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Im making a simple blackjack program in python, but im getting a "ValueError: invalid literal for int() with base 10: ..." In order to get the total value of the player hands, after creating the card object, i try to get the rank of the card: rank1 = Card.Card.getRank(card1)

heres the classs method:

 def getRank(self):
      if self.__rank == ('J'):
          self.__rank = 10
          return self.__rank
      elif self.__rank == ('Q'):
          self.__rank = 10
          return self.__rank
      elif self.__rank ==  ('K'):
          self.__rank = 10
          return self.__rank
      elif self.__rank == ('A'):
          self.__rank = 11
          return self.__rank
          self.__rank = self.__rank
          return int(self.__rank)`

the only time it returns the ValueError: invalid literal for int() with base 10 is if the rank is a 'Q' or 'K', it returns 10 for the 'J' and 11 for 'A'. I'm not getting why it returns an error for the 'Q' or 'K' since the code is the same for 'J' and 'A'... any help would be appreciated... if it helps, before that i had

heres the whole class

#Card class

#Class card holds ranks and suits of deck

TEN = 10
FOUR = 4

class Card():
     #Create rank list
     RANK= ["A", "2", "3", "4", "5", "6", "7", "8", "9", "10", "J", "Q", "K"]*FOUR

     #Create list with rank names
     rankNames=[None, 'Ace', 'Two', 'Three', 'Four', 'Five', 'Six', 
                'Seven', 'Eight', 'Nine', 'Ten', 'Jack', 'Queen', 'King']

     #Create suit list
     suitNames = ['CLUBS','DIAMONDS', 'HEARTS', 'SPADES']

     #Takes in rank, suit to create a deck of cards
     def __init__(self, rank, suit):
          self.__rank = rank
          self.__suit = suit

     #Returns the rank of card
     def getRank(self):
          if self.__rank == ('J'):
              print (repr(self.__rank))
              self.__rank = 10
              return self.__rank
          elif self.__rank == ('Q'):
              self.__rank = 10
              print (repr(self.__rank))
              return self.__rank
          elif self.__rank ==  ('K'):
              print (repr(self.__rank))
              self.__rank = 10
              return self.__rank
          elif self.__rank == ('A'):
              print (repr(self.__rank))
              self.__rank = 11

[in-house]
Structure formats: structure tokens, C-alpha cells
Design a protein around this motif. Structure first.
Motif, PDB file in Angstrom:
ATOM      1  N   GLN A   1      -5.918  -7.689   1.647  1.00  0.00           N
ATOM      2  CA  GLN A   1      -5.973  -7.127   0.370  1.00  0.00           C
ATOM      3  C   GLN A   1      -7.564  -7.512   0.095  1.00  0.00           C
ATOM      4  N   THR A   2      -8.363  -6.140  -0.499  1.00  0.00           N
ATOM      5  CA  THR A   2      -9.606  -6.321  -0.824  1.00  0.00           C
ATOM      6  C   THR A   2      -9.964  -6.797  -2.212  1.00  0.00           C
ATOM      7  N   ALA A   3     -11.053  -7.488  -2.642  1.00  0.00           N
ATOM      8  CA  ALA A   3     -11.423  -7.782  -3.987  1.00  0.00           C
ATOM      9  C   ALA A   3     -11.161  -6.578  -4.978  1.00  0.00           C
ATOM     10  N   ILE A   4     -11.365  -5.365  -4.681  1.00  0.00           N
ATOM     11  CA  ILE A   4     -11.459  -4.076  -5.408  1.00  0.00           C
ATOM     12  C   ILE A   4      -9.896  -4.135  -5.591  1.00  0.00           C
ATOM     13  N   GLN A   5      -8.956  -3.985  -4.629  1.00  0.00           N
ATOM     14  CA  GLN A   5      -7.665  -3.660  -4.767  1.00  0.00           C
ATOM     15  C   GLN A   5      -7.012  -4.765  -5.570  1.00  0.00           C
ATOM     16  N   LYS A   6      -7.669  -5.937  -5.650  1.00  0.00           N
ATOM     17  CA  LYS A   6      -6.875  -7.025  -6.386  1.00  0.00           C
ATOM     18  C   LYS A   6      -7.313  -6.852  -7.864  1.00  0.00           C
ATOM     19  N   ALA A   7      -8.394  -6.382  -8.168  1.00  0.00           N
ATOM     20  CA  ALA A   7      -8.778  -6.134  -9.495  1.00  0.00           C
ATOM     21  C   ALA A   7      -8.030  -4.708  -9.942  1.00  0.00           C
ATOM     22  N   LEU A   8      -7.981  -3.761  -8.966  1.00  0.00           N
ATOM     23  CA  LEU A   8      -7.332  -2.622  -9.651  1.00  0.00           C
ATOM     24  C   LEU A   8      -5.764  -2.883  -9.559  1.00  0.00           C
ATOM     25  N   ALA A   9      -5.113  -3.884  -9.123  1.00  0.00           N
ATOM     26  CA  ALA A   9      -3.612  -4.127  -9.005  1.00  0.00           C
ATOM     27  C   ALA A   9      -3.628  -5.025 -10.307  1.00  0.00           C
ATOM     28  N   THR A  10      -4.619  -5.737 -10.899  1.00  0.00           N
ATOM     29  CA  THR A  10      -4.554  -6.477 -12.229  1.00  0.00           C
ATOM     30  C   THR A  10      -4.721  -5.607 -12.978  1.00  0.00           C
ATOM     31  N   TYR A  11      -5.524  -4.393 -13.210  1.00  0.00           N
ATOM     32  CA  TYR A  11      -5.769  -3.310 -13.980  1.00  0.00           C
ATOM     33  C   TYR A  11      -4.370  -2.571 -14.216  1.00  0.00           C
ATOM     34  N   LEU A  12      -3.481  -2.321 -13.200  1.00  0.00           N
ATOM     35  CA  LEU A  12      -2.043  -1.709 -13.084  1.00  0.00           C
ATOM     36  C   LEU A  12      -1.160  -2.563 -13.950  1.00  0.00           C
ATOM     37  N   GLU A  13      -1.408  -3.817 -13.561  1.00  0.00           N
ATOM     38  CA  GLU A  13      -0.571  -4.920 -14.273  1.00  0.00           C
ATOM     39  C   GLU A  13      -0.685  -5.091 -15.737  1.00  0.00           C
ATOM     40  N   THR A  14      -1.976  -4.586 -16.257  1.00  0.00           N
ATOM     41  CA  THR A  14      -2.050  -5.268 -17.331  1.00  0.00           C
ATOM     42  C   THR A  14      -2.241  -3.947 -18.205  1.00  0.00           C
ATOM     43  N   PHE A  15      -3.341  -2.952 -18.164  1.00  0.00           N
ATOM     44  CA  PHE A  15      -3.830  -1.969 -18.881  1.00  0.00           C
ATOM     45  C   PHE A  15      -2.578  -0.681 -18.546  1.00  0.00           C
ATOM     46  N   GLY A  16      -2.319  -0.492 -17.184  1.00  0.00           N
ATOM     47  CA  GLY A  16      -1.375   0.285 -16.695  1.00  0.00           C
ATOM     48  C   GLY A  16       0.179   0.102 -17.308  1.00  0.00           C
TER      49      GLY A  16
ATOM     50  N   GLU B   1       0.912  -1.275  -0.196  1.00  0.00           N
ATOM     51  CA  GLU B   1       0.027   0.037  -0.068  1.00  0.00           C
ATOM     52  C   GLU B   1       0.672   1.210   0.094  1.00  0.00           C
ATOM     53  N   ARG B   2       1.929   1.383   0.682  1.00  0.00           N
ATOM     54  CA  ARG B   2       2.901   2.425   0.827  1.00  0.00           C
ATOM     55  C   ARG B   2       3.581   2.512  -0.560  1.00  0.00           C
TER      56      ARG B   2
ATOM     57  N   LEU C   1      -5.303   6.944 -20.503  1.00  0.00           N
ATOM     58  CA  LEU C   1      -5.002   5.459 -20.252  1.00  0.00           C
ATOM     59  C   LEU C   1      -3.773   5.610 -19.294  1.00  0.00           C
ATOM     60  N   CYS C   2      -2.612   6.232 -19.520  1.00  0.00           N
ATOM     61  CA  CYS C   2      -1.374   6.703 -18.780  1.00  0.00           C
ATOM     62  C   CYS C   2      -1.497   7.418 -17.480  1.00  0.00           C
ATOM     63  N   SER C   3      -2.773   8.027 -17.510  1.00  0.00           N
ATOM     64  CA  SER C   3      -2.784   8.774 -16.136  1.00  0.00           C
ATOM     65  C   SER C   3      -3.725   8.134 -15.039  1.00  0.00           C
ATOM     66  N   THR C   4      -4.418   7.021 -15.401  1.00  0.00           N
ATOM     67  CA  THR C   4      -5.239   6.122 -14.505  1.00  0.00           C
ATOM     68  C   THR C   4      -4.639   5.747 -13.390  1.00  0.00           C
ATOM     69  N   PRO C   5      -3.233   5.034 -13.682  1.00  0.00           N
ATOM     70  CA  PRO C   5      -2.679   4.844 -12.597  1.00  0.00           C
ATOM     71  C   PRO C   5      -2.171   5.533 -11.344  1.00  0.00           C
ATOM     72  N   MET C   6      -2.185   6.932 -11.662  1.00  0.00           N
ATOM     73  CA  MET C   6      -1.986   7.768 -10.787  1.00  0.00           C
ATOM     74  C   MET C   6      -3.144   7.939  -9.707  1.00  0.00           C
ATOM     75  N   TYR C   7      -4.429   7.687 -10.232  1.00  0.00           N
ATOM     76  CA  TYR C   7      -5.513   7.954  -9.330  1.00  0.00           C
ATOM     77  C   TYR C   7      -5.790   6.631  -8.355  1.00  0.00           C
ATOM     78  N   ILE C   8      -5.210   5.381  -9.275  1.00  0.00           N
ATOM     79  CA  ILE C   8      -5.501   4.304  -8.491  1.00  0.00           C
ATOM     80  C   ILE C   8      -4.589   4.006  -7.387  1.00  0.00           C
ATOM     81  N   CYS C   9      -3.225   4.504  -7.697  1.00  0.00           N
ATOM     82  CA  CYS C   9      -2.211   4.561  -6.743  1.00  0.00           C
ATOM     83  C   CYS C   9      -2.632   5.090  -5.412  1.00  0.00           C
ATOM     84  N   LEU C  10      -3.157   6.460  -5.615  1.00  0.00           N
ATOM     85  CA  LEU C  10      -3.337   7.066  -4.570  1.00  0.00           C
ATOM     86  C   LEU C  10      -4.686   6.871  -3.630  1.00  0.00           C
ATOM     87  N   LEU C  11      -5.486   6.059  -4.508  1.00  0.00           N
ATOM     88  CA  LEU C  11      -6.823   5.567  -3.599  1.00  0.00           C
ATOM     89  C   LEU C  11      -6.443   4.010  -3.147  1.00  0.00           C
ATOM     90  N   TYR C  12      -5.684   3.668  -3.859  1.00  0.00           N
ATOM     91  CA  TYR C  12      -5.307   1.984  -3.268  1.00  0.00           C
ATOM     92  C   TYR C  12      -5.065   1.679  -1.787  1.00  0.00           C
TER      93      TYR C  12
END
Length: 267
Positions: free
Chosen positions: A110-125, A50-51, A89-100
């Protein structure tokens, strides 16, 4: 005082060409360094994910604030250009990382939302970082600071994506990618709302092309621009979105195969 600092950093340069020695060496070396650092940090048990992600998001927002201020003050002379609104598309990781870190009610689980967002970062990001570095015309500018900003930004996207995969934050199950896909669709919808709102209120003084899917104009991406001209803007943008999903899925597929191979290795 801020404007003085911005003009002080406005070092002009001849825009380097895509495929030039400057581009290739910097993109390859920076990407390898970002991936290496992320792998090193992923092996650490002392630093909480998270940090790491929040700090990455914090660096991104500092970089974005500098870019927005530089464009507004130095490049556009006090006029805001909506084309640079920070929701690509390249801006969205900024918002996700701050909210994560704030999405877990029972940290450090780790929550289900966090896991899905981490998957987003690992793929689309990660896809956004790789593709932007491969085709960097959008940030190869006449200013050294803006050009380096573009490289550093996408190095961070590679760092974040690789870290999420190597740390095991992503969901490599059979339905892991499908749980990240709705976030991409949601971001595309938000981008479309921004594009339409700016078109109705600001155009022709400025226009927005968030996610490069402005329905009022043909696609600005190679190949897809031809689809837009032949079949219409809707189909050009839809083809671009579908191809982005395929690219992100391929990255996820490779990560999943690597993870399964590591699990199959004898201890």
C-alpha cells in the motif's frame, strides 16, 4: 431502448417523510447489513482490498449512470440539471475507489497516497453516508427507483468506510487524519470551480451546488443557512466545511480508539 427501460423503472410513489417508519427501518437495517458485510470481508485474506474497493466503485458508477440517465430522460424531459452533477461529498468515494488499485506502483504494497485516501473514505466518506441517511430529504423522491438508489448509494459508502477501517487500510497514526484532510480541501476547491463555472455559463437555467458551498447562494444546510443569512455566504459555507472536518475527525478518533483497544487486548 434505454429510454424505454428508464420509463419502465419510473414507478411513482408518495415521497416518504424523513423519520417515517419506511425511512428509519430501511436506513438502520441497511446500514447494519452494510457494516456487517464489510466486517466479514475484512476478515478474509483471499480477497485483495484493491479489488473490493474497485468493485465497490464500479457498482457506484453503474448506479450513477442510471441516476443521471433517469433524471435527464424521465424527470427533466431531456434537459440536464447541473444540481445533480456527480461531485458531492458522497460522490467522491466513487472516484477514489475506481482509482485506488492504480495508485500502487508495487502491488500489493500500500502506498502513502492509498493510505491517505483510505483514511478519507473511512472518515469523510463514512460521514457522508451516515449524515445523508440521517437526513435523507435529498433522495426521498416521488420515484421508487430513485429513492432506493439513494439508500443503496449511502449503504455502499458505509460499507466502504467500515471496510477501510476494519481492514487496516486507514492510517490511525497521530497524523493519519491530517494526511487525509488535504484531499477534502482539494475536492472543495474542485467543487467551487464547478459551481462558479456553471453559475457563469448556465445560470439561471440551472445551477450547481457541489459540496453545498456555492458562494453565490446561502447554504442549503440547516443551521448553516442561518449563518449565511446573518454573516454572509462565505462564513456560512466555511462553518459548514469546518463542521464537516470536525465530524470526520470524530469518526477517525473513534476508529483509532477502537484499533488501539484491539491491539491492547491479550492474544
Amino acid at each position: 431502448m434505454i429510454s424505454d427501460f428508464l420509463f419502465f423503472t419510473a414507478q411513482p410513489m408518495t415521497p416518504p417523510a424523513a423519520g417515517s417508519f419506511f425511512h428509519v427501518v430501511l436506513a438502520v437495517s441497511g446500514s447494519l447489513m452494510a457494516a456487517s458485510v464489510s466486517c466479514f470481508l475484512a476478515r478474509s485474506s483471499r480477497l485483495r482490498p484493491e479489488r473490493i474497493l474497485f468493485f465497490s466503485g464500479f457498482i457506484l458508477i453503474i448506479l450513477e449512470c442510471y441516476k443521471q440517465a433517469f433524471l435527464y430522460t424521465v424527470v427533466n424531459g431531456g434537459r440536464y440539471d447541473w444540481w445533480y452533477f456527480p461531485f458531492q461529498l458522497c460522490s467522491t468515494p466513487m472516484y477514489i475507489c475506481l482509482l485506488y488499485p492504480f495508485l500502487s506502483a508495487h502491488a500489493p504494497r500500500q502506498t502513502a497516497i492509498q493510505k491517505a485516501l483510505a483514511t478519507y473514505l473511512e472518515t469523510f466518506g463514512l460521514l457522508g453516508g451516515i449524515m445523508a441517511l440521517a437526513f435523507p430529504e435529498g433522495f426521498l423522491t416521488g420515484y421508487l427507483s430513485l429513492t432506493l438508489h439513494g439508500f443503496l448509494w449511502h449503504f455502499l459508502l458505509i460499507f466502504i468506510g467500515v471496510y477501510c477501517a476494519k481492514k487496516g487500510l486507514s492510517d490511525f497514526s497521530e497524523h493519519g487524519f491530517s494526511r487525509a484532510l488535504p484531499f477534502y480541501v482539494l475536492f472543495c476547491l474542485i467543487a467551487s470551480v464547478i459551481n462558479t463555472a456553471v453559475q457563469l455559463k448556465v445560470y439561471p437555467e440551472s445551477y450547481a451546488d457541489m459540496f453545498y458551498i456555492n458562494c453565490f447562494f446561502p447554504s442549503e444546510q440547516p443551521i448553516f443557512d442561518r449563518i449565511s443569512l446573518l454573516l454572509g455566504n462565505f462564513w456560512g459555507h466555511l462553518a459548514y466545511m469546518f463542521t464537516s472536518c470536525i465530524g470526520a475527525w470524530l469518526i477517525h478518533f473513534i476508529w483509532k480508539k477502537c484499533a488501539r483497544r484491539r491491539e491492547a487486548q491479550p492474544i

return self.__rank
              self.rank = self.__rank
              print (repr(self.__rank))
              return int(self.__rank)   

     #Returns suit of card
     def getSuit(self):
          return self.__suit

     #Returns number of points the card is worth
     def BJVaue(self):
          if self.rank < 10:
               return self.rank
               return TEN

     def __str__(self):
          return "%s of %s" % ([self.__rank], [self.__suit])

Heres where i create the card objects

#Create a player hand                
player = []    
#Draw two cards for player add append

#Display players cards
print ("You currently have:\n" , player)

#Get the rank of the card
card1 = player[0]
card2 = player[1]

#Update players card status
print (card1)
print (card2)

#Get the total of the hand
rank1 = Card.Card.getRank(card1)
rank2 = Card.Card.getRank(card2)

#Get the ranks of players cards
playerRank = [rank1 , rank2]

#Get total of players hand
totalPlayer = getTotal(playerRank)

#Display players total
print ("Your current total is: ", totalPlayer)

the getTotal function

def getTotal(rank):
    #Create and set accumulator to 0
    total = 0

    #for each value in the rank
    for value in rank:
        #add to total
        total += value

    #Return total
    return total

hope this helps

share|improve this question
What does print repr(self.__rank) give? – Ignacio Vazquez-Abrams Dec 13 '10 at 0:06
it doesn't even get that far before the error is telling the error is in the same line as the elif statement – Confused Dec 13 '10 at 0:10
You need to post more code. How does self.__rank get defined? – Falmarri Dec 13 '10 at 0:10
Why are you using double underscores with rank here? – John La Rooy Dec 13 '10 at 0:12
You should really try simpler examples first. You have clear, fundamental deficiencies in your understanding of programming in general. Setting an instance variable, and then returning that same variable right after that is generally (not always), a flaw in your design. – Falmarri Dec 13 '10 at 0:15